When I was in medical school, we were encouraged to see our classmates as our family, and to all work and do fun things together as a cohesive unit.  Regardless, a group of students decided they were too cool for the rest of the class, and they formed what they called “The List.” This was an exclusive list and they began to invite individual students to events, rather than the whole class. Sometimes, some people find themselves in a clique inadvertently. Although I was not in this clique, some other non-cliquish people did end up in this exclusive group, and were horrified at how the group made fun of and put down other students in our class. That clique dissolved quickly as the students began asking not be be part of that group. “The list” was short-lived, but other smaller cliques formed throughout the years and some outsiders suffered from their damaging talks and behaviors.

I myself have inadvertently found myself in cliques. I was once part of a group where we found it incredibly difficult to get others to join. We could not explain this phenomenon and even joked that we may be too “cliquey” for others. Little did I know, we were exactly that. I found out when I did something individual that did not “click with the clique” and found myself brutally and rapidly kicked out. It happened so fast that my head was spinning for a long time and I could not even fathom what had happened. That’s when I remembered our “cliquey” jokes and began to understand the truth in them. Being a psychiatrist, of course, I analyzed the situation for months, and realized that everyone in the clique had one thing in common: all of them had experienced some level of abandonment by their fathers. Fortunately for me, my father is a wonderful man who is still an integral part of my life. Naturally, it was only a  matter of time before my individuality would clash with the clique and I’m grateful that it did. Analyzing the situation, however, has given me a tool for finding understanding for the clique instead of hatred and scorn. Although I don’t miss being part of that clique – or any other one for that matter- I have found tremendous compassion for them. In short, they need help.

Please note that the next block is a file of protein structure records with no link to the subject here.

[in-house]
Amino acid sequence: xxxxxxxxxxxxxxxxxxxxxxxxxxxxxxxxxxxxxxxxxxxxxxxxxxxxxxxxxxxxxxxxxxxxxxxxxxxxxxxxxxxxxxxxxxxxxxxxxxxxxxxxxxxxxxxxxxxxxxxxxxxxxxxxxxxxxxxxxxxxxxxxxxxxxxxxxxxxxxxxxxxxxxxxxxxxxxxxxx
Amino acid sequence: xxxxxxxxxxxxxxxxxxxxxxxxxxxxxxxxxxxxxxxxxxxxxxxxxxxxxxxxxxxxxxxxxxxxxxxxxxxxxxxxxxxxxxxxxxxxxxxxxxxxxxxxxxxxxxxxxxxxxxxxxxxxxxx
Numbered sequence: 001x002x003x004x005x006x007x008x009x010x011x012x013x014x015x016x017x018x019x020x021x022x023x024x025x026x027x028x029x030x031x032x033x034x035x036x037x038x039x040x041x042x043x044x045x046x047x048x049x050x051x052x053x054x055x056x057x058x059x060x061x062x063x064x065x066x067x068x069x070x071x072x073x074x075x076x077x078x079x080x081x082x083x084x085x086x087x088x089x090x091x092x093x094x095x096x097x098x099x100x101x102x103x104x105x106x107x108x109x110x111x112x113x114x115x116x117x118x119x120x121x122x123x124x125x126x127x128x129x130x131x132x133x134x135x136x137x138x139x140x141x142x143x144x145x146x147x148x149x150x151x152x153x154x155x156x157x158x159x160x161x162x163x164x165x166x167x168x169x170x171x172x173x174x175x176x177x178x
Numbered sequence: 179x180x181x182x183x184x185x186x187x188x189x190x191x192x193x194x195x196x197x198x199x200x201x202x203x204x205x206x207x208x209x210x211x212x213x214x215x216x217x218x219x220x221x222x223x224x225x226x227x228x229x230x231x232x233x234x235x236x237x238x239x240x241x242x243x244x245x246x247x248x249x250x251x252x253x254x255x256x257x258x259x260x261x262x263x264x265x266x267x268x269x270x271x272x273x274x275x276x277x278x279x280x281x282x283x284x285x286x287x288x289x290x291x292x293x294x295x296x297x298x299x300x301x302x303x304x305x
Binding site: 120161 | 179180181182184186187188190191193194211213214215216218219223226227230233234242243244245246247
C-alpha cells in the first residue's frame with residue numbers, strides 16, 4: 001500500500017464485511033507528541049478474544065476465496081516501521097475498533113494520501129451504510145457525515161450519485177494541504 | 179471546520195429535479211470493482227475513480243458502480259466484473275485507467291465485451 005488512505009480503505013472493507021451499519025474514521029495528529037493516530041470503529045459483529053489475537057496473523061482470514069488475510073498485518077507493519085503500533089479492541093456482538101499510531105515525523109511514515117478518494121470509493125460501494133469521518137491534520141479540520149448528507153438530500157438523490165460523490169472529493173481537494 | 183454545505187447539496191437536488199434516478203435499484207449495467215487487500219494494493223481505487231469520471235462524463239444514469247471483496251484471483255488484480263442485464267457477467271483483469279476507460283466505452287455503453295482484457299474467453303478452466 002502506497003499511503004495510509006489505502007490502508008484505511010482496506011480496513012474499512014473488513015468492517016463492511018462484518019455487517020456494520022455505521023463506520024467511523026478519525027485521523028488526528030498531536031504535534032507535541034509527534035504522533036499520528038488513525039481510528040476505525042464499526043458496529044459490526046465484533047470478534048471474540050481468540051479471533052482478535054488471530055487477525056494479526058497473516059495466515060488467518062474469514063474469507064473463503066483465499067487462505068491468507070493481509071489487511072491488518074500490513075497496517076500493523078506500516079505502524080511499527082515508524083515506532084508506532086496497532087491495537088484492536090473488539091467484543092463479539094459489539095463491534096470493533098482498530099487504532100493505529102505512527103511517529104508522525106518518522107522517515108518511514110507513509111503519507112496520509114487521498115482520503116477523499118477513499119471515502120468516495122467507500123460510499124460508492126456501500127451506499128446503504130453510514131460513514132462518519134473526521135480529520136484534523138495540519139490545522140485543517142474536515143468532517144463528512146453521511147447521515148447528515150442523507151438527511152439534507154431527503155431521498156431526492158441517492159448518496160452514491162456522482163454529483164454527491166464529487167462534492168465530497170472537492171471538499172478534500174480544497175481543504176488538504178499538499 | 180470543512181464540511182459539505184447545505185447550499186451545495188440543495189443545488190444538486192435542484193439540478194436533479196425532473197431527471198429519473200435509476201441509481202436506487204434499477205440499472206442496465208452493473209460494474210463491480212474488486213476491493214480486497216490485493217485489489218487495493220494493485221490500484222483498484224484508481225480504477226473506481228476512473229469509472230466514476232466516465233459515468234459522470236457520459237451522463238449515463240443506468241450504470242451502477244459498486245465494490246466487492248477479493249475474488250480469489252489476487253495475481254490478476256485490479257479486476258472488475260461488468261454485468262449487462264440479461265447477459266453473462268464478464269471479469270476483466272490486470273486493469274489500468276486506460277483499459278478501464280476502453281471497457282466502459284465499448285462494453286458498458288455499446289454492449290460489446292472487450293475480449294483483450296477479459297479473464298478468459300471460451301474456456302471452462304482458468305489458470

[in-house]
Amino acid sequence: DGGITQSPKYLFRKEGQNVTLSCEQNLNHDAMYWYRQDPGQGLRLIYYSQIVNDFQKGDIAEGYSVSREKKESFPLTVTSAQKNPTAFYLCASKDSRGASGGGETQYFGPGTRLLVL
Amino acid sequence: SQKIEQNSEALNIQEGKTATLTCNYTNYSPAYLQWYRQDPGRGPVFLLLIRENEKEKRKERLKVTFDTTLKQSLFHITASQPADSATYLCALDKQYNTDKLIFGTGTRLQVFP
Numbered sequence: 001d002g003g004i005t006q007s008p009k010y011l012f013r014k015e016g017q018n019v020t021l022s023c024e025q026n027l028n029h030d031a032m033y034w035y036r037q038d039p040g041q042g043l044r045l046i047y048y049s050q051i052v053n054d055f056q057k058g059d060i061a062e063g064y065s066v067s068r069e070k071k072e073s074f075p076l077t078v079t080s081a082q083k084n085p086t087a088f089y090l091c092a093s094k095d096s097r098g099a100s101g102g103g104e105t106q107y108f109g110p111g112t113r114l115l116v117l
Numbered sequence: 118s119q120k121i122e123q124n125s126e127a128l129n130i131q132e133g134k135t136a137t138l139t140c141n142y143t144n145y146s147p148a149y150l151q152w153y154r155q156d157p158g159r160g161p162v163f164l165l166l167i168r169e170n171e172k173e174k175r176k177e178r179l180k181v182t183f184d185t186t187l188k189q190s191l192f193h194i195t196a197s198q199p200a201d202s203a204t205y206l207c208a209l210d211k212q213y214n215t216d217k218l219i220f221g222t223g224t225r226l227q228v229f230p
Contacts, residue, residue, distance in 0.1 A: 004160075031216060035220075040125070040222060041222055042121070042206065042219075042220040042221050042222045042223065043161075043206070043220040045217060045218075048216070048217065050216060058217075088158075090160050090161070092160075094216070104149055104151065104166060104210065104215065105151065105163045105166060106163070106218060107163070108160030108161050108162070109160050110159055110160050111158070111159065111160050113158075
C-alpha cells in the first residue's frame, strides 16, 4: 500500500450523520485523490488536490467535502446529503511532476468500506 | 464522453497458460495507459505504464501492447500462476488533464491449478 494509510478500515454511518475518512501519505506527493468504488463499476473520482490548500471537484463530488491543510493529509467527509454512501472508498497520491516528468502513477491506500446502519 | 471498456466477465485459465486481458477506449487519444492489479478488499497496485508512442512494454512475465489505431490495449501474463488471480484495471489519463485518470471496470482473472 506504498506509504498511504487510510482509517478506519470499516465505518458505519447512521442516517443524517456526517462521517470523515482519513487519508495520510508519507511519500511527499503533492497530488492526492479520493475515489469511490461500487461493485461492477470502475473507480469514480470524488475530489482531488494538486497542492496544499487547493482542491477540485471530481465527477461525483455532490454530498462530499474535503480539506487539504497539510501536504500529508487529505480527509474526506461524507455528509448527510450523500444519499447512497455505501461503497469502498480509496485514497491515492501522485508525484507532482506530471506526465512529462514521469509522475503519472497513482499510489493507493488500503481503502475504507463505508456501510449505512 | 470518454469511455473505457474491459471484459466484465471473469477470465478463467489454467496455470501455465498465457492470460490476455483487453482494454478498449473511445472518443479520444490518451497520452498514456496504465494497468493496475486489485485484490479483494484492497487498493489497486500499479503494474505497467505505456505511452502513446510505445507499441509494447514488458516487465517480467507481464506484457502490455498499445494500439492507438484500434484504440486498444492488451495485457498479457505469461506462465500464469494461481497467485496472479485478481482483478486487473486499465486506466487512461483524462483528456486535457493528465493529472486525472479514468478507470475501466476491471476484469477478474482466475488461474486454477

In my work, I’ve seen patients who have been severely hurt by cliques.  Some in junior high and high school, and some later in life at work. Some of my patients had to change schools, quit their jobs and move to other lines of work, or even retire as a result of the scorn and hatred directed towards them by cliques. The problem in every case is that the clique’s sole purpose of existence is to provide its members with means to feel superior to others. If a person comes along that challenges this dogma by simply not appearing inferior or compliant, then that person may be subjected to all forms of damage by the clique. I’ve seen cliques go on campaigns to discredit a single individual by spreading gossip and lies about them, and unfortunately, I’ve seen them succeed.

If you find yourself inadvertently as a member of a clique, get out as fast as you can but try not to step on any toes while you do so. If you find yourself the main target of a clique’s destructive campaign, then take measures to protect yourself. In severe cases, I’ve even recommended to my patients to leave their schools, their jobs, their social circles, or even their church and to find less toxic environments to live and strive in. In your case, I am hoping this clique is just a group of bitter old women whose spite has not done any real damage to you or any others.

Wishing you the best in this challenging situation,

Doctor Life Advice

Sayeh Beheshti, M.D.